Climate and energy

The Potential of a German-Canadian Partnership in Energy Security and Energy Transition

With Russia’s invasion of Ukraine, the issue of energy has become more central than ever to global security dialogues. Recognizing the need for reliable partners who share similar values, the German government has turned to Canada to establish an energy partnership. Having the fourth largest oil and gas reserves in the world and being the sixth largest oil producer in the world, Alberta accounts for 82 percent of Canada’s oil production and 62 percent of Canada’s natural gas production, underscoring its importance within the Canadian energy system. At the same time, a resilient and lasting partnership can only be established when looking beyond short-term energy supply and addressing questions of sustainability, as well.

To take stock of the current global energy system, discuss the future of a German-Canadian partnership in energy security and sustainability, and assess Alberta’s unique role in particular, Atlantik-Brücke convened a roundtable featuring Pete Guthrie, Alberta’s Minister of Energy, Grant Sprague, Alberta’s Deputy Minister of Energy, Jerry Bellikka, Chief of Staff, Klaus Büttner, Managing Director of Alberta United Kingdom Office, and Julia Friedlander, CEO of Atlantik-Brücke.

Status Quo

Russia’s war on Ukraine revealed the deep dependencies inherent to global energy markets. Inflationary pressure continues to impact consumers on both sides of the Atlantic. With Canada being the fourth largest producer of oil and the sixth largest producer of natural gas in the world and Alberta being the country’s largest oil and gas producer, the province has the potential to be a key piece in the puzzle of replacing Russian energy sources. Central to the province’s strategy in providing a reliable stream of energy to customers in Canada and abroad is supplying energy while keeping in mind a multitude of environmental and social standards, like its carbon footprint and responsibilities to indigenous populations. This year, Alberta will be closing its last coal plant. Renewable energy currently makes up 20 percent of the province’s electricity mix. Alberta is committed to meet Canada’s federal emission reduction targets for 2030 and 2050, but a reliable base load of electricity is needed. Given these circumstances, Minister Guthrie called for pragmatism and described finding a balance between affordability and sustainability as the key goal for future energy sector strategies.

Emission Reduction Technology

As the largest producer of hydrogen in Canada, Alberta produces around 2.4 million tons of hydrogen annually. Alberta has developed a hydrogen roadmap to provide steady supply for provincial and global markets. Closely connected to the development of hydrogen as an energy source, the provincial government wants the exploration of Carbon Capture, Utilization and Storage (CCUS) technologies to be a part of that strategy. There are currently two large-scale CCUS projects in Alberta. The Shell Quest Project situated near Edmonton which was opened in 2015 and the Alberta Carbon Trunk Line operating since 2019. Participants discussed the role of industry and government regulation to further emission reduction technologies. In this context, Minister Guthrie views industry as innovators that drive technological development and underlines the need to plan more collaboratively with industry and think tanks to achieve climate goals.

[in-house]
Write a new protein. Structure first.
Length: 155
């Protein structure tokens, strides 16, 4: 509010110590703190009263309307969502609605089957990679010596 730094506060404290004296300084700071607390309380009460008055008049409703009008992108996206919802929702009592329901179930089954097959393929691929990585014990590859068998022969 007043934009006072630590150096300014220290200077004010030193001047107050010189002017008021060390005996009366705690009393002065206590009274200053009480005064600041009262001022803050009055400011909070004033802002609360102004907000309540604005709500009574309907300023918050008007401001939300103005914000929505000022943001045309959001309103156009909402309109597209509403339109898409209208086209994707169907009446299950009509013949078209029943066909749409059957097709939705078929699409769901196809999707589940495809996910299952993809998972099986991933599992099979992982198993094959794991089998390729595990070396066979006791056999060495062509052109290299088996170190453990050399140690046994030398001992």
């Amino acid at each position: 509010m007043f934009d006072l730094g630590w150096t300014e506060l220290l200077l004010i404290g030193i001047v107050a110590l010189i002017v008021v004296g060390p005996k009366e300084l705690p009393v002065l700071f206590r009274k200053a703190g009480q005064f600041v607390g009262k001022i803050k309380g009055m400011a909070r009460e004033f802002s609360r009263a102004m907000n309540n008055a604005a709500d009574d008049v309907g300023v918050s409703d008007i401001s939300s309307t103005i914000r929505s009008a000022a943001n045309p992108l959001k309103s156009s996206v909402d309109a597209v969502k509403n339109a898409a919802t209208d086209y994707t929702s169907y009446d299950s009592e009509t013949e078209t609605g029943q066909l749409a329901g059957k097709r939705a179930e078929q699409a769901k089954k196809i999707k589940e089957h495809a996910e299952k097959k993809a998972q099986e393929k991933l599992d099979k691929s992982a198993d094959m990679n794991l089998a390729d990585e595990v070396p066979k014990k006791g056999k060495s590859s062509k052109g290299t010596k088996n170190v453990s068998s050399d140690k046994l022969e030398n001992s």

Infrastructure and Transport as Main Challenge

Aligning policy priorities of Alberta’s conservative provincial government with those of a liberal-led federal government poses challenges within the energy sector. While the federal government currently pushes for the development of green hydrogen, Alberta wants to focus on all available energy resources. According to Minister Guthrie, Alberta cooperates closely with British Columbia in the west and Manitoba and Saskatchewan in the east to establish energy corridors to move Liquified Natural Gas (LNG) among others. Common ground with the federal government could be found in tackling the lack of infrastructure to simplify Alberta’s access to national and global markets and transport of resources to customers. Here, the federal government could support Alberta in terms of energy grid, pipeline and railway infrastructure.

A Partnership Based on Shared Values

When asked about Chinas influence on the Albertan energy sector, Minister Guthrie referred to the example of the light metal Lithium, an indispensable component of any battery which plays a key role in sustainable transport and energy concepts. The market is dominated by Chinese companies and even though the raw material is available in Alberta in great quantities, there is little possibility to circumvent China in the supply chain. This case exemplifies an underlying reoccurring problem in global supply chains where business decisions are above all based on price points. Against this backdrop, participants agreed that shared standards and values should weigh more heavily into the choice of suppliers. Applied to the energy sector, this approach has the potential to catalyze existing strong German-Canadian relations into a stable and sustainable energy partnership.

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